1. Read a brief overview of Montessori
Dr Montessori's Own Handbook by Maria Montessori is the best place to start in my opinion because it is a quick read and an excellent synopsis of Montessori. There are some lovely anecdotes from the earliest Montessori classrooms, which give a picture of Montessori in practice.
An even briefer overview of Montessori can be found on my website.
2. Read an introduction to the materials and activities
Elizabeth Hainstock's two books: Teaching Montessori in the Home: The Preschool Years and Teaching Montessori in the Home: The School Years are condensed Montessori manuals. They do not include as many activities as other manuals but this means that they can quickly be read from cover to cover, giving the reader a view of the Montessori progression, which I think is valuable to get early on.
3. Support groups
Playschool6, Montessori homeschooling discussion.
Montessorimakers, discussion on making Montessori materials.
4. Observe the child and start making and collecting materials
Observe your children. What are they interested in? What absorbs them? What causes them annoyance? What activities in their daily life are they striving to master for themselves?
Start preparing materials for Montessori activities. Any Montessori activity you think your child will be attracted to. Maria Montessori stressed that although her activities are designed in logical sequences, building on each other, the best order in which to introduce them to an individual child depends on the child.
Montessorimakers is a great source of information on different ways people have made Montessori materials.
There are a number of websites offering printable Montessori materials for download.
5. Start presenting Montessori activities
If the child enjoys an activity, allow them to explore it and work with it freely; then, over a period of days and weeks, continue with the activities that follow on. If the child is frustrated, put the activity aside for a while; try something easier next time.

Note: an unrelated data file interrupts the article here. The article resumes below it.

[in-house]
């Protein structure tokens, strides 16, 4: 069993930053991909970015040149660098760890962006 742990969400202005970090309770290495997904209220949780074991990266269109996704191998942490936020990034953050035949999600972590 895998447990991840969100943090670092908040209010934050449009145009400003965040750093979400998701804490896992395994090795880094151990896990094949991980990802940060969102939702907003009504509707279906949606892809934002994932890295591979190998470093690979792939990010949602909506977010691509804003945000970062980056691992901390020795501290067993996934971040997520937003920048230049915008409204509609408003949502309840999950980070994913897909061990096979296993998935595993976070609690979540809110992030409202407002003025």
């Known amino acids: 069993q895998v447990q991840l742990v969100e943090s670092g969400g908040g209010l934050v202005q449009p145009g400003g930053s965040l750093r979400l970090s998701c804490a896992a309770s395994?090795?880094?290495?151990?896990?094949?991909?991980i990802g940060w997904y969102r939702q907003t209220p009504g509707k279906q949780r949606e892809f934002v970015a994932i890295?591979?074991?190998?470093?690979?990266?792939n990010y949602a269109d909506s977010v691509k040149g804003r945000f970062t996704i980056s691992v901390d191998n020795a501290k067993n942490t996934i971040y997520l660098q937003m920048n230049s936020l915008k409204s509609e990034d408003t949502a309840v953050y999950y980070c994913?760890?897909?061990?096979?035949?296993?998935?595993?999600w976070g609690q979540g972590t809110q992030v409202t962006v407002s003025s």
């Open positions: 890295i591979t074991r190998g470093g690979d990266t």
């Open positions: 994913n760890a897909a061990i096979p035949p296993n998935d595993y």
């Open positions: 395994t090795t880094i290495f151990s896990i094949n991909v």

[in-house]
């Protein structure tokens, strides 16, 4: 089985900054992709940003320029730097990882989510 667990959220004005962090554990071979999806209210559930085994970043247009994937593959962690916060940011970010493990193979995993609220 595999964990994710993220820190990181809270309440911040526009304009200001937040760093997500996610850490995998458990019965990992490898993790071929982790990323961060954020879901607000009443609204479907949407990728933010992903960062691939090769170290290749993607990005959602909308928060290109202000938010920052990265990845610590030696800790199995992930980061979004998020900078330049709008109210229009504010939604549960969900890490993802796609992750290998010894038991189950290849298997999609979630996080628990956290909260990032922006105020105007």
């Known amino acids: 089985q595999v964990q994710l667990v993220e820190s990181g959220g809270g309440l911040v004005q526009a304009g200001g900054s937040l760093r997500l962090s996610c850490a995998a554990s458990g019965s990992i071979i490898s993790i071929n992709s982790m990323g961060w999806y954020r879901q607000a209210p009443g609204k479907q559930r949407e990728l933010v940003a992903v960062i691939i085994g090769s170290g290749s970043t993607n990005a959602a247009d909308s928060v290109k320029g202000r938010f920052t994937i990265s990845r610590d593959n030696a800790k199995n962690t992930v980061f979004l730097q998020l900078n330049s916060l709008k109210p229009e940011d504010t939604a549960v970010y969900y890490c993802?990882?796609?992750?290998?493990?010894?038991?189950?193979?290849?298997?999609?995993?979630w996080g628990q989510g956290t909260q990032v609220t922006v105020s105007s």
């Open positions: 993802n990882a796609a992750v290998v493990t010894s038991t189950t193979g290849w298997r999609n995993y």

I have found that doing Montessori at home means the adult needs to initiate more activities than a Montessori teacher in a classroom might. In a classroom, the children get ideas for work from watching each other. At home, the adult getting an activity out and working with it attracts the children to the work and reminds them of the choices available.
6. Observe the child and the environment and remove obstacles
Anything that hinders the child ... tv; playstation; toys that are just getting in the way and not satisfying the child; clutter. There might be more specific obstacles: a bulky jacket that makes it hard for the child to make full use of their hands; the child enjoys sweeping up spills but can't open the cupboard where the brush and pan are kept.
7. More information
Check out the Manuals, Books and Links page on my website for more exhaustive Montessori manuals than Hainstock's books.
One of the books that has helped me most in my homeschooling is Maria Montessori's Discovery of the Child.
Chapter 27 of The Absorbent Mind by Maria Montessori is all about the teacher's role in a classroom of preschool children new to Montessori.
A note on reading Montessori manuals
Montessori manuals (often called albums) give step by step instructions for presenting activities. I often find the steps hard to follow if I just read them. I have learned to read Montessori manuals with the Nienhuis catalogue open beside me so I can see what the materials look like. If I have the materials for the activity or similar materials, I have them beside me too, so that I can follow the steps with the materials. If I don't have the materials yet, I use pencils, paper and scissors to make makeshift materials as I go along.